Market watch: Energy futures prices trend slightly higher on OPEC decision
Energy futures prices generally rose slightly higher Thursday, following the decision by ministers of OPEC to retain their current production quotas through the last quarter of this year.
OGJ Senior Writer
HOUSTON, Sept. 20 -- Energy futures prices generally rose slightly higher Thursday, following the decision by ministers of the Organization of Petroleum Exporting Countries to retain their current production quotas through the last quarter of this year.
OPEC officials plan to meet again in December in Vienna to assess the world oil market for 2003.
The group's decision to retain current production quotas was widely anticipated and already factored into most futures markets' price calculations for oil and petroleum products. But there was some profit taking Thursday, as traders tend to buy in advance of anticipated or rumored events and to sell when those events occur.
The October contract for benchmark US light, sweet crudes inched up 2¢ to $29.50/bbl Thursday on the New York Mercantile Exchange, while the November position increased 7¢ to $29.74/Mcf. Unleaded gasoline for October delivery gained 0.26¢ to 80.08¢/gal. But heating oil for the same month dipped 0.1¢ to 78.81¢/gal.
The October natural gas contract continued its recent rally, up 6.9¢ to $3.86/Mcf Thursday on NYMEX, spurred by market uncertainties as Hurricane Isidore appeared headed for the gas-prone Gulf of Mexico.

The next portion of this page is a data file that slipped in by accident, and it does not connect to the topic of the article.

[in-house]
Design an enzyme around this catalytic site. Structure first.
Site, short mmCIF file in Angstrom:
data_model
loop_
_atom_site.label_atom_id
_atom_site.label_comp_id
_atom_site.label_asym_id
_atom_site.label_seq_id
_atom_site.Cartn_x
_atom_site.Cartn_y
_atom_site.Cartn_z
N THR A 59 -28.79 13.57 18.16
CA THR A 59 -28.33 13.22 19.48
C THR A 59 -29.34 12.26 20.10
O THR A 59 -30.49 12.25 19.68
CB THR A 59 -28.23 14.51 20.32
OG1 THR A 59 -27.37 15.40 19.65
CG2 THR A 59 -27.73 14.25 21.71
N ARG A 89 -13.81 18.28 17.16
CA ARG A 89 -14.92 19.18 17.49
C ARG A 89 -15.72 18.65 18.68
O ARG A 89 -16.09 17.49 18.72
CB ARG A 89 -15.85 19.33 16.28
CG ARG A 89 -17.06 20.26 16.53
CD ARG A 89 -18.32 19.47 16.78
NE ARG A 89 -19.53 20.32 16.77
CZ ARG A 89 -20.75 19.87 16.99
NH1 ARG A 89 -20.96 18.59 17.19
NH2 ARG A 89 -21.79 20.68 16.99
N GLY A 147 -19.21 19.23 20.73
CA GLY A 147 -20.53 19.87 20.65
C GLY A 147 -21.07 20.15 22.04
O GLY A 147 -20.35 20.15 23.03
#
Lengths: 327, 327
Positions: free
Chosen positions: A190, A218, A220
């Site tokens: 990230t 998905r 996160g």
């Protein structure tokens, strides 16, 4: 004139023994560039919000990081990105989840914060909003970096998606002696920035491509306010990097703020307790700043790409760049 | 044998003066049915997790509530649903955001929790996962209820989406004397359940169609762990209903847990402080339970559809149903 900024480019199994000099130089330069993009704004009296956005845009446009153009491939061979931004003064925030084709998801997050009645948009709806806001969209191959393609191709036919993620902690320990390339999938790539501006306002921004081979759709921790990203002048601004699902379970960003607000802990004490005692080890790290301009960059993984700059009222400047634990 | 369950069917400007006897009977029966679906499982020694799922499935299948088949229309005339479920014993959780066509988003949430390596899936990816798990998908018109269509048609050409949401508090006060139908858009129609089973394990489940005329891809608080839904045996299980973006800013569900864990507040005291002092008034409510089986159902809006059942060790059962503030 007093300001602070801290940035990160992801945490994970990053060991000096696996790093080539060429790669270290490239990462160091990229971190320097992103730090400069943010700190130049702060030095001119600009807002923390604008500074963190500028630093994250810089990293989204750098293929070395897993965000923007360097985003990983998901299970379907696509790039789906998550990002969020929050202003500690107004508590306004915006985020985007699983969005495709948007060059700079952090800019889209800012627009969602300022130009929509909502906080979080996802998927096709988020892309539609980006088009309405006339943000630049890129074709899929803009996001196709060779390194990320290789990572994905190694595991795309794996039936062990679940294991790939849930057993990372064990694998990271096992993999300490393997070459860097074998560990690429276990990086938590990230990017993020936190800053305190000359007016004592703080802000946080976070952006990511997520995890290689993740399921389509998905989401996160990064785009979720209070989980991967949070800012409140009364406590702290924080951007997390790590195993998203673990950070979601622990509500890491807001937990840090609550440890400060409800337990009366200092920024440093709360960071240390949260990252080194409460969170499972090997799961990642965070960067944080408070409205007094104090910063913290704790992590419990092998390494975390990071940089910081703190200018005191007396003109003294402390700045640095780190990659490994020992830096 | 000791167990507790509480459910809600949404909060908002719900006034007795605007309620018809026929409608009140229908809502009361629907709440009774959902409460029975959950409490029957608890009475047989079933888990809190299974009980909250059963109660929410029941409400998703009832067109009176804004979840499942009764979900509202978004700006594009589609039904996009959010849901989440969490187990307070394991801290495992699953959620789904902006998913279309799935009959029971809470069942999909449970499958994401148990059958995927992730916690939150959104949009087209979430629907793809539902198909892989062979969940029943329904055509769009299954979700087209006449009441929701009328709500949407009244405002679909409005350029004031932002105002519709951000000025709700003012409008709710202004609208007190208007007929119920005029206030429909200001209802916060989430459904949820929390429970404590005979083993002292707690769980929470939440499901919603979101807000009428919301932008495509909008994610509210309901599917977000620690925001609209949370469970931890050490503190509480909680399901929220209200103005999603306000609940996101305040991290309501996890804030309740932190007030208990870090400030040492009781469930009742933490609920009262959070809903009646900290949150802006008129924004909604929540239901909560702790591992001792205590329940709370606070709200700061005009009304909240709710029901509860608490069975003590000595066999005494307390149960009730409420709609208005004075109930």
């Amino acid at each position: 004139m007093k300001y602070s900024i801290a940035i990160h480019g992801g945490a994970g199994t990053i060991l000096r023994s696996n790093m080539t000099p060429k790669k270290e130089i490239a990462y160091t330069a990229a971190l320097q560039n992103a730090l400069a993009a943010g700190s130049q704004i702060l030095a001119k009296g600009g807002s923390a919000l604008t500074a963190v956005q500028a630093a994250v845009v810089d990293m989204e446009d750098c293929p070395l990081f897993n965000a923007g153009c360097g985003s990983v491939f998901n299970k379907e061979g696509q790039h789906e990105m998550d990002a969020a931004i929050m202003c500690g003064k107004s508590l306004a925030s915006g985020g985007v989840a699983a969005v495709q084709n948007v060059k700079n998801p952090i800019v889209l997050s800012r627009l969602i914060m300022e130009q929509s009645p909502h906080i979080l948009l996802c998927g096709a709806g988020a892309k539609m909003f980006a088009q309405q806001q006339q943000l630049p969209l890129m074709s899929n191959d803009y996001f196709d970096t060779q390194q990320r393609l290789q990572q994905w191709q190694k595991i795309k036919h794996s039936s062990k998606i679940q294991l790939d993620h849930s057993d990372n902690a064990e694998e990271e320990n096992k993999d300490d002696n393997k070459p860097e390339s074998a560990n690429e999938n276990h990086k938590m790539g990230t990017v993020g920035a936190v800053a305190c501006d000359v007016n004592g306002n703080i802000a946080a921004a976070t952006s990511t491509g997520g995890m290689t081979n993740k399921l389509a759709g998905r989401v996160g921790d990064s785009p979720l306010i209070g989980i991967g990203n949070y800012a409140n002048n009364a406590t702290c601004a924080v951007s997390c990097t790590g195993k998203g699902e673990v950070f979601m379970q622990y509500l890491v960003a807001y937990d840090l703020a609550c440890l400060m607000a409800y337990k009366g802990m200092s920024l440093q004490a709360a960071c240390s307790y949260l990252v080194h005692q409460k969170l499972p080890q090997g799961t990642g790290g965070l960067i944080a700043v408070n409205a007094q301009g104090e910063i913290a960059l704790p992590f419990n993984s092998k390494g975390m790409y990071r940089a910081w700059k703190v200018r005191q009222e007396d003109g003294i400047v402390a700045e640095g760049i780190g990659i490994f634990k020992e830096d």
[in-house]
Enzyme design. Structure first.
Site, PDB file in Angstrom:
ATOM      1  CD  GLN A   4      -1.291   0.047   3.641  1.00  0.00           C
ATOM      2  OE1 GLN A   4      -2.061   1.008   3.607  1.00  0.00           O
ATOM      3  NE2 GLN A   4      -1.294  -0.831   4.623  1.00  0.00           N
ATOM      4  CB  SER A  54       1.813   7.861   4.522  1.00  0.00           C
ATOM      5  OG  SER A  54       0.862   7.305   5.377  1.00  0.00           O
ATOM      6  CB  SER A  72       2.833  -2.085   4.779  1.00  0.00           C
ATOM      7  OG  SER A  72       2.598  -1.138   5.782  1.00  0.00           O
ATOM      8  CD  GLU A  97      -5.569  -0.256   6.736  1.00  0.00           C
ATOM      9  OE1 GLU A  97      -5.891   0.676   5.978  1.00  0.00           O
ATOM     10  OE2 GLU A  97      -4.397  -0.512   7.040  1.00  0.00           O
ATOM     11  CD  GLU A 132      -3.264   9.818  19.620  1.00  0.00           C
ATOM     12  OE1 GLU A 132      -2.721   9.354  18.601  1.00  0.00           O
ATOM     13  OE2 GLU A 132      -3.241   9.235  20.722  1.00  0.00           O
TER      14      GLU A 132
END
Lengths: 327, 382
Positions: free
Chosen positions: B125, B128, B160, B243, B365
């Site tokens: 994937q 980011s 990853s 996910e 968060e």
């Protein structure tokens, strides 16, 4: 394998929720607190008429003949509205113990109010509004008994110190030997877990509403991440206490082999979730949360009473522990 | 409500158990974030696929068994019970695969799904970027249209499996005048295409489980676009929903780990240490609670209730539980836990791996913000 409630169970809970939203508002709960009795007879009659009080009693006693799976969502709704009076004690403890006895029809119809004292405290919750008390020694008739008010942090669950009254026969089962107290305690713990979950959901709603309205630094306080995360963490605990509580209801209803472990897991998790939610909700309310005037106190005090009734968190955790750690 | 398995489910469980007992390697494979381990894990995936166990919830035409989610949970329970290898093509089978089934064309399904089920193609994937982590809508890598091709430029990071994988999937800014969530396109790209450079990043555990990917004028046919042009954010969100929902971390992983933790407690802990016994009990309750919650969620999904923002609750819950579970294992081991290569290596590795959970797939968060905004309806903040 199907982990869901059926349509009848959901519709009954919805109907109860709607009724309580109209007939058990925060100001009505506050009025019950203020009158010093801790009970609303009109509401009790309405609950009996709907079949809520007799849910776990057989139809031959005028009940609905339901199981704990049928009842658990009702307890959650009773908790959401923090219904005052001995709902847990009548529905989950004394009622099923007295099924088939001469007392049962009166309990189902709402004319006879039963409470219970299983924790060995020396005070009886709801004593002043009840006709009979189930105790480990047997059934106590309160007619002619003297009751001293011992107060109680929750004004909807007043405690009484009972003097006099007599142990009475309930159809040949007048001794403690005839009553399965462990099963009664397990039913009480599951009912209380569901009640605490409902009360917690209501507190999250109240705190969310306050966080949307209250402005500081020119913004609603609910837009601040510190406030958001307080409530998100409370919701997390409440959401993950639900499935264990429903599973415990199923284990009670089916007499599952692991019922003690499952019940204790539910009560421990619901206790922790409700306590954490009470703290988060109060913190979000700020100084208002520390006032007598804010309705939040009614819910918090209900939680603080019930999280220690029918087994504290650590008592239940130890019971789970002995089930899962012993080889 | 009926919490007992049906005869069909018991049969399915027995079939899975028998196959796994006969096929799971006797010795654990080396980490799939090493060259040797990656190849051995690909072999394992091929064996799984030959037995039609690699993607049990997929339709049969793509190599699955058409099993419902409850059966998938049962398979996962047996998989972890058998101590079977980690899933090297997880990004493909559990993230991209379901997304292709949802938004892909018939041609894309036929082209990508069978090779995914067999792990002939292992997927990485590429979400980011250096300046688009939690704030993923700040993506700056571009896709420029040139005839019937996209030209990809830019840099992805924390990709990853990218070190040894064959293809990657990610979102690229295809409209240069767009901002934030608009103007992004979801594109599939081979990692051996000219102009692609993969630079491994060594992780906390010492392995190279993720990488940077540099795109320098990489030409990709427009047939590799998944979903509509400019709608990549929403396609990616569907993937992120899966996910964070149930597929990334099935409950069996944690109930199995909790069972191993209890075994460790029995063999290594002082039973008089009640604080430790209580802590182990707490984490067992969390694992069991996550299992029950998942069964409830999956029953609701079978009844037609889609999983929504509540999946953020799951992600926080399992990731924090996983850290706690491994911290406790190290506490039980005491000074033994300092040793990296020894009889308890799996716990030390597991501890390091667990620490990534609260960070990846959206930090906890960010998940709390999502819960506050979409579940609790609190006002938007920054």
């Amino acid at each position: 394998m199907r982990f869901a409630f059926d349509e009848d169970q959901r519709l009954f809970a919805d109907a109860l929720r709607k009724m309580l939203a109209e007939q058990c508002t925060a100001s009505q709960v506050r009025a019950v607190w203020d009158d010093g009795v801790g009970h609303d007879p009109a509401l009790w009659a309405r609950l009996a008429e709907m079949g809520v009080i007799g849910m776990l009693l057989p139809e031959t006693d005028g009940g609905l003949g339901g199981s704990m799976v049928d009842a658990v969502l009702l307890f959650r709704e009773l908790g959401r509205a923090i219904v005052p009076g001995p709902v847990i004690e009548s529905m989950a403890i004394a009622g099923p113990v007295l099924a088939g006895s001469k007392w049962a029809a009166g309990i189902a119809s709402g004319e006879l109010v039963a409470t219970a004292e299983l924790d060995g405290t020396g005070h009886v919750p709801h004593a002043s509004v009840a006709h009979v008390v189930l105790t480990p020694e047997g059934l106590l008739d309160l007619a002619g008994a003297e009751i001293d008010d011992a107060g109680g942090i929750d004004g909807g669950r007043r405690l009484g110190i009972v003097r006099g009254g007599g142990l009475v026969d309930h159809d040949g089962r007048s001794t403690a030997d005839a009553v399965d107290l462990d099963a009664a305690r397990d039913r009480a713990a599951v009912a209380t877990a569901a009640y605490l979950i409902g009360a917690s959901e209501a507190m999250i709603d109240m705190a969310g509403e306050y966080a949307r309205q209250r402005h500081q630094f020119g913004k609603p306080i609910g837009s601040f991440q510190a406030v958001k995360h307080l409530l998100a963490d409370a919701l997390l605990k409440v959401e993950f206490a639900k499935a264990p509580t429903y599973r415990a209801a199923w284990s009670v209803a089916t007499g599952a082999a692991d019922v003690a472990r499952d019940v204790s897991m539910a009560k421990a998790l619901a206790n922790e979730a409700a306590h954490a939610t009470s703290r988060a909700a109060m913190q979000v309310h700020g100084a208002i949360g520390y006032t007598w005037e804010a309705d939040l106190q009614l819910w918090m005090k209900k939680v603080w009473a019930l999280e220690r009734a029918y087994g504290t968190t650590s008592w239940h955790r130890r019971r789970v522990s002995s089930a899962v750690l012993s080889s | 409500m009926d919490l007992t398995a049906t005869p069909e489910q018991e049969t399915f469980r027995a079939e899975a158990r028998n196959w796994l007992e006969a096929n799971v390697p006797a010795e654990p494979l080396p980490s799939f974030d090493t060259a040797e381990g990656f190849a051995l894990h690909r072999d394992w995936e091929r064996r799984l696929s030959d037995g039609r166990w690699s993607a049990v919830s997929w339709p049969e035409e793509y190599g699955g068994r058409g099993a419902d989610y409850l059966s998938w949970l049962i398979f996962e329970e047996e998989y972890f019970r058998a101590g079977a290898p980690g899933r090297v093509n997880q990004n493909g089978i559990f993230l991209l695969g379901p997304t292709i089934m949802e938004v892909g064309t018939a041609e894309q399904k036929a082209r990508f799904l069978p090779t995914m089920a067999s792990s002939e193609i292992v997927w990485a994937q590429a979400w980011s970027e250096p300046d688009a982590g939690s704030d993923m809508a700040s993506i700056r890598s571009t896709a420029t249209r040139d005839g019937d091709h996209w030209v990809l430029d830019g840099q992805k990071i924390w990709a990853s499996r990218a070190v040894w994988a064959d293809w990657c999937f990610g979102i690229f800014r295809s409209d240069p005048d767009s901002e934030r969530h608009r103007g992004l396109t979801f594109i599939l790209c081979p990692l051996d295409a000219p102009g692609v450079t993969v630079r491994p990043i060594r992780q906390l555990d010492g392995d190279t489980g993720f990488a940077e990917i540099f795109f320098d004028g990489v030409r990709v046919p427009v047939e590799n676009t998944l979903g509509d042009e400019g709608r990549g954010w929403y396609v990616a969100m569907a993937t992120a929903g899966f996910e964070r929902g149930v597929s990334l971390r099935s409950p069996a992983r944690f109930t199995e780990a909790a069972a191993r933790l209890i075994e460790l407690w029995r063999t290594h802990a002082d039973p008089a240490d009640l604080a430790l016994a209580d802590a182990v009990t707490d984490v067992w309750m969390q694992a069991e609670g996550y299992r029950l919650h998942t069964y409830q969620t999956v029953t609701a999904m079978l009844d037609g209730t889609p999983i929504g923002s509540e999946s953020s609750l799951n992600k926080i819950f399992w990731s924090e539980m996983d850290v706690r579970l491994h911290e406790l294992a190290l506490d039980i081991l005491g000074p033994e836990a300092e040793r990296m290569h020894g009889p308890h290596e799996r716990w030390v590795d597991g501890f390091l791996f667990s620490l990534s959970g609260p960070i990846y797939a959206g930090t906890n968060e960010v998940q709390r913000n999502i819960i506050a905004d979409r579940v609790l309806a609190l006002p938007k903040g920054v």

Thursday's gas futures market opened higher but dropped back to $3.81/Mcf after US Energy Information Administration reported early Thursday that 69 bcf of gas was injected into US underground storage last week, "about what was expected," said analysts Friday at Enerfax Daily. Prices moved higher in afternoon trading, however.
"Prices are reaching highs not seen since June 2001 and are about 45% above early August levels," said Enerfax Daily analysts.
Hurricane Isidore was reported 100 miles south-southwest of Havana early Friday, bearing down on Cuba with sustained winds near 105 mph. It's currently classed as a moderate Category 2 storm, but officials at the National Hurricane Center said it is expected to continue into the Gulf of Mexico where it could become more intense.
In London, the November contract for North Sea Brent oil gained 6¢ to $28.38/bbl on the International Petroleum Exchange. However, the October natural gas contract slipped 1.3¢ to the equivalent of $2.63/Mcf on the IPE.
The average price for OPEC basket of seven benchmark crudes increased by 9¢ to $27.45/bbl Thursday.
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